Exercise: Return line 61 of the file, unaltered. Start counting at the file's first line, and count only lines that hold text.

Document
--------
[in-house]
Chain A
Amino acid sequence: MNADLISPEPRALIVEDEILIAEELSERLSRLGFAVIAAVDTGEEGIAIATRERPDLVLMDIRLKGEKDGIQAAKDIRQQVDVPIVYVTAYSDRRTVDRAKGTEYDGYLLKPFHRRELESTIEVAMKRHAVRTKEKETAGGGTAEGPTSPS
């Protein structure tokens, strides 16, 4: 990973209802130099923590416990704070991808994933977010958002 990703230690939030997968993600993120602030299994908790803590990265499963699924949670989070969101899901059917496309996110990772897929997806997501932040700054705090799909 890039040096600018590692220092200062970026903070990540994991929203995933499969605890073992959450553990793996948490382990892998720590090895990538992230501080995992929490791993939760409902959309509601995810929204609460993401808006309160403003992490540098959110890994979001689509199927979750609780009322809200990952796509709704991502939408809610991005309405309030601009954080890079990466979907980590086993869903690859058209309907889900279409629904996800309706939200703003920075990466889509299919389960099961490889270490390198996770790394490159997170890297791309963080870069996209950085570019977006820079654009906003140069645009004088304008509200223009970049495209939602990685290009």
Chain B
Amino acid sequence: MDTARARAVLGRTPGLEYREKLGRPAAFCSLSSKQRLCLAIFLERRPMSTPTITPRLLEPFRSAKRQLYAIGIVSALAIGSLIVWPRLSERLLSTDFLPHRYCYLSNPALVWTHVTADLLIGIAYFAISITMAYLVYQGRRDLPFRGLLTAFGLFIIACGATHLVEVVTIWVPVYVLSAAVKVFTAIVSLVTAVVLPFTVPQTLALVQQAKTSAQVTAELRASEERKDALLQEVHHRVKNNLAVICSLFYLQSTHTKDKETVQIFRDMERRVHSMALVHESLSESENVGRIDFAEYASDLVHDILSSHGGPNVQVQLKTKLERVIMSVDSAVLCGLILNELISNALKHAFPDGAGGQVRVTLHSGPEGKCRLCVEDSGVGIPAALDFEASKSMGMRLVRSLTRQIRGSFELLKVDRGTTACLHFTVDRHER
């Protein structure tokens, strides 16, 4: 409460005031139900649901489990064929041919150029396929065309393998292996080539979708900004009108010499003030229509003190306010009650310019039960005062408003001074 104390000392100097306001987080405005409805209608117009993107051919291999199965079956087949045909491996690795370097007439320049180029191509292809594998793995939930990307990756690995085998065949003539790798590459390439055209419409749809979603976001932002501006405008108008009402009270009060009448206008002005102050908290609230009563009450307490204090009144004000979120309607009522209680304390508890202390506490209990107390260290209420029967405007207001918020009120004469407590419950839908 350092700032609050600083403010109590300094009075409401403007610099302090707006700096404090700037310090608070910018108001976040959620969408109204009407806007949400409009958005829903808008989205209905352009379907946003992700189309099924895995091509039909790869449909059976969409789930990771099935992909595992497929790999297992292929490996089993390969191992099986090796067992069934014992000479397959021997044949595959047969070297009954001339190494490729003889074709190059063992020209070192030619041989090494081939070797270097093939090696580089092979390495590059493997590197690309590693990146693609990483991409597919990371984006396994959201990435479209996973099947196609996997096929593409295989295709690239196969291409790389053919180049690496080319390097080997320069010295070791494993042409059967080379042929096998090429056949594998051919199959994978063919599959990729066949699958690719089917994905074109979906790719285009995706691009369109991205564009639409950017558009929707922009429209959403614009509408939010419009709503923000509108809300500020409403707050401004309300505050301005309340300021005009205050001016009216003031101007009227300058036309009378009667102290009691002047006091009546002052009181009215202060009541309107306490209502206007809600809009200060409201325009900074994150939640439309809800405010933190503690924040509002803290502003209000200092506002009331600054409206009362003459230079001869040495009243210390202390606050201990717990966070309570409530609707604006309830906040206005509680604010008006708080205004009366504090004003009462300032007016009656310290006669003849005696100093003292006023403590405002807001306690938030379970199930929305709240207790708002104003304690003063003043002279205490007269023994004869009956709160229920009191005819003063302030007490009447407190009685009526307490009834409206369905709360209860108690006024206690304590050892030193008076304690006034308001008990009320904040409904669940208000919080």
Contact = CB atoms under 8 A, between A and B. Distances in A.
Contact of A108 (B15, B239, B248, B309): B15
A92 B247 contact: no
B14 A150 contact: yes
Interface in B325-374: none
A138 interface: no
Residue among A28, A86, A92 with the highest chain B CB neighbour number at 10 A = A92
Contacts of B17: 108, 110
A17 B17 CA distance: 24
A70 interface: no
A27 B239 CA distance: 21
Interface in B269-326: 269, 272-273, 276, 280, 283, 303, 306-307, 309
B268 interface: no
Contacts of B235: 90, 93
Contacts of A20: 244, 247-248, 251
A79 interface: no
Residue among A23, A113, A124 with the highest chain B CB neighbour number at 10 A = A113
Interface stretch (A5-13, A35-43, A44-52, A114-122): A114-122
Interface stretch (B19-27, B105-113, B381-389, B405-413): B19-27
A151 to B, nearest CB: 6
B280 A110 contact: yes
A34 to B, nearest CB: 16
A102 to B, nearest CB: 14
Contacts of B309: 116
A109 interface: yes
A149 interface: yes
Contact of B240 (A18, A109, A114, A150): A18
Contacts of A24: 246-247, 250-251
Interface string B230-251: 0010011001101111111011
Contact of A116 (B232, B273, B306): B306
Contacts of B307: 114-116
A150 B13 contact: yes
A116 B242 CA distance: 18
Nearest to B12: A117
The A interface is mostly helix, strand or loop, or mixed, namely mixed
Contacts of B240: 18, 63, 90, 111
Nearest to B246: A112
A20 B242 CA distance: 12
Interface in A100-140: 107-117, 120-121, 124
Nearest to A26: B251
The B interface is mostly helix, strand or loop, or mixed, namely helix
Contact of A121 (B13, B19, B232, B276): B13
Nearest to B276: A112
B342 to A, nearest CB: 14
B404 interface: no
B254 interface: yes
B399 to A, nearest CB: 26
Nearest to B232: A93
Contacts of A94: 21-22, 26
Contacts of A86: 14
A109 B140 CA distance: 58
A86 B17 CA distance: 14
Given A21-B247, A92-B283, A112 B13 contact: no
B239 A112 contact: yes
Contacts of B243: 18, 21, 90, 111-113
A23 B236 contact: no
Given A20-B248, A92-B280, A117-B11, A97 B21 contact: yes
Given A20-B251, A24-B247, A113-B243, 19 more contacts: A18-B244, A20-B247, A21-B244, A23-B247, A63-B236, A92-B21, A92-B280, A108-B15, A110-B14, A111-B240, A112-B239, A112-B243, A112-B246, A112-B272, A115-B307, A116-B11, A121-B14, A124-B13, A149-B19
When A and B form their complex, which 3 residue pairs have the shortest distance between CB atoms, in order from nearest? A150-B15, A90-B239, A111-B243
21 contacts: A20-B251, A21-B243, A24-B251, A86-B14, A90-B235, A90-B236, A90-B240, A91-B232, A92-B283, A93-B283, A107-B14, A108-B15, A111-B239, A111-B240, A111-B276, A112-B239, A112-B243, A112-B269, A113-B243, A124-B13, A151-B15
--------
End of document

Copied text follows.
B239 A112 contact: yes